Building an Experiential D2C, Here's What Brands Need To Do

There is a lull in between the successive transactions of a D2C brand its customers, how a brand fills that up will be the key differentiator writes Faisal Kawoosa, Founder, Chief Analyst, Techarc


Technology, especially on the digital front has transformed the backend logistics, which is primarily a B2B affair and invisible from the end customers. Emergence of 3PL (third party logistics) and now 4PL (fourth party logistics) are offshoots of this evolution. However, the more exciting and visible transformation propelled by digital innovations is the customer facing part of the value chain.

Online marketplaces have resulted in successful implementation and integration within business delivery, where in some product categories like smartphones and other smart devices, today in India more than half (by volume) of these products are sold through this medium causing a major disruption in the channel or the medium connecting a brand with the end customer.

D2C is a step further which results in the leanest possible chain between a brand and its customers. This flattish structure is not only helping brands to reorient themselves as experiential brands but also minimising the gaps and misunderstandings between the two parties.

In a typical product or service delivery there are partners and agents who finally interact with the end customer and may not essentially create an experience that the brand wants to deliver within. For instance, a brand may design one of the best packaging of a product, but it would not get a complementing shelf experience at the retail store. Having worked in middle east on mystery shopping projects for some of the reputed brands like Zara, Debenhams, Mamas and Papas among others, I have first hand seen the detailing of experience these brands would expect from their own retail stores, which they would get audited through mystery shopping exercise. For instance, in case of Zara there was a defined gap in inches that a mystery shopper was required to observe while checking on items on hangers.

In D2C business delivery model, a brand because of its proximity to the customer and getting insights through an analytics layer hovering over the interactions, a brand is in much more direct control, which helps it to define and implement the experience it wants to leave with a customer while performing a transaction. So, the phase of transaction when the interface between a D2C brand and the customer opens, is very much in control of the brand. This positions a brand very strongly in not just having a quality control of the product or service, but the entire experience leading to a customer delight.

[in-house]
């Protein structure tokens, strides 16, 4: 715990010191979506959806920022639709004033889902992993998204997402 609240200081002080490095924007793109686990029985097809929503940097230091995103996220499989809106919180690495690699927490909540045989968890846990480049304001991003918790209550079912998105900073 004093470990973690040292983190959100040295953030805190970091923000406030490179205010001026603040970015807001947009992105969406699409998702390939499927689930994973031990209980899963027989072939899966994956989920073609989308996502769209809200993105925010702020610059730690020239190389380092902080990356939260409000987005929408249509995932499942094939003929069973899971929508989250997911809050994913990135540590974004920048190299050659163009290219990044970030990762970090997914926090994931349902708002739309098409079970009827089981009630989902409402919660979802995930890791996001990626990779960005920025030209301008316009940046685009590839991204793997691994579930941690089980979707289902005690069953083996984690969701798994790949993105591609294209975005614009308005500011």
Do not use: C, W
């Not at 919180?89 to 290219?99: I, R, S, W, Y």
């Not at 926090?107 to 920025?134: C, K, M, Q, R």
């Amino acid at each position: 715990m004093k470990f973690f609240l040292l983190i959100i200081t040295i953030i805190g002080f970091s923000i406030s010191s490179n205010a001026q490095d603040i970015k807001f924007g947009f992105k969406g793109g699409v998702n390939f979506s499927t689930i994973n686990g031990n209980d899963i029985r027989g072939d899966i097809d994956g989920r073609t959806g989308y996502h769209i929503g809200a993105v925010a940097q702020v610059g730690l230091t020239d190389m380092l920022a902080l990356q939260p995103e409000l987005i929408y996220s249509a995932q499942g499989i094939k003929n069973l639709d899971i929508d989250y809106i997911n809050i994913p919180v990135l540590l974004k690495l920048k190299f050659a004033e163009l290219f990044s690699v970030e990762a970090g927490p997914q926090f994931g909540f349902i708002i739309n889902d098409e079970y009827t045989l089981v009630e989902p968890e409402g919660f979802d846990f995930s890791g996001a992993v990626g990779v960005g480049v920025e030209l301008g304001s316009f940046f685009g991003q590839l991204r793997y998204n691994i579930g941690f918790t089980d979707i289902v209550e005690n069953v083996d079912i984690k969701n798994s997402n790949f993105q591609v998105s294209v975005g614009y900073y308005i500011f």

However, this may not be the only factor leading to the elevation of a D2C brand to an experiential D2C brand. It will be equally important for a brand to have an effective strategy in place to keep its customers / audience consistently engaged through ways and means that resonate with the overarching experiential narrative and positioning.

Analysing the pattern of interactions between a D2C brand and its customers (as shown the graph below), there is an interval gap between the successive transactions. This interval, what I call ‘lull interval’ is of varied durations depending on the nature of the product or service which is operating D2C. For instance, in case of furnishing, etc., the interval could range anywhere between 3-10 years. Similarly, for apparels it could be season (6 months to 1 year), cosmetics and grooming (monthly), stationery (annual), so on and so forth. How proactively a D2C brand engages with the customer through right means during this ‘lull interval’ would be the defining moment for the brand.

The effectiveness of handling the ‘lull interval’ will define a lot many things for a D2C brand having a direct impact on its revenues and profitability.  For instance, if a D2C brand deals in a product where a typical interval would span 3-5 years, it would have to spend as good as acquiring a new customer than reengaging an existing one, if there is no strategy in place to fill the gap.  Similarly, customers would not install apps of such products or may uninstall after some time of transaction.  This opens the challenge of brand safety as customers would faintly remember the brand identities and could be spoofed by scamsters.

Compared to this for marketplaces, customers would be more regular in interactions as there would be several reasons to connect due to a variety of products and brands available.  Also, a customer would not mind having a marketplace app installed as it would be frequently used.

To create experiential D2C brands, there is a need to have an equally effective strategy for the ‘lull interval’ as the brand would have for the transaction interval.  There could be several ways of filling up the gap, primarily around distributing content that perfectly identifies with the D2C brand’s positioning and the tastes of its customers.  Others could include organising offline meets which focus on awareness, education as well as fun and celebrations.  By having an equal focus on the transaction and lull intervals, a D2C brand will have a sustainable business yielding revenues and profits with an icing of being experiential.

Tags assigned to this article:
guest column D2C brands techARC

Around The World

Our Publications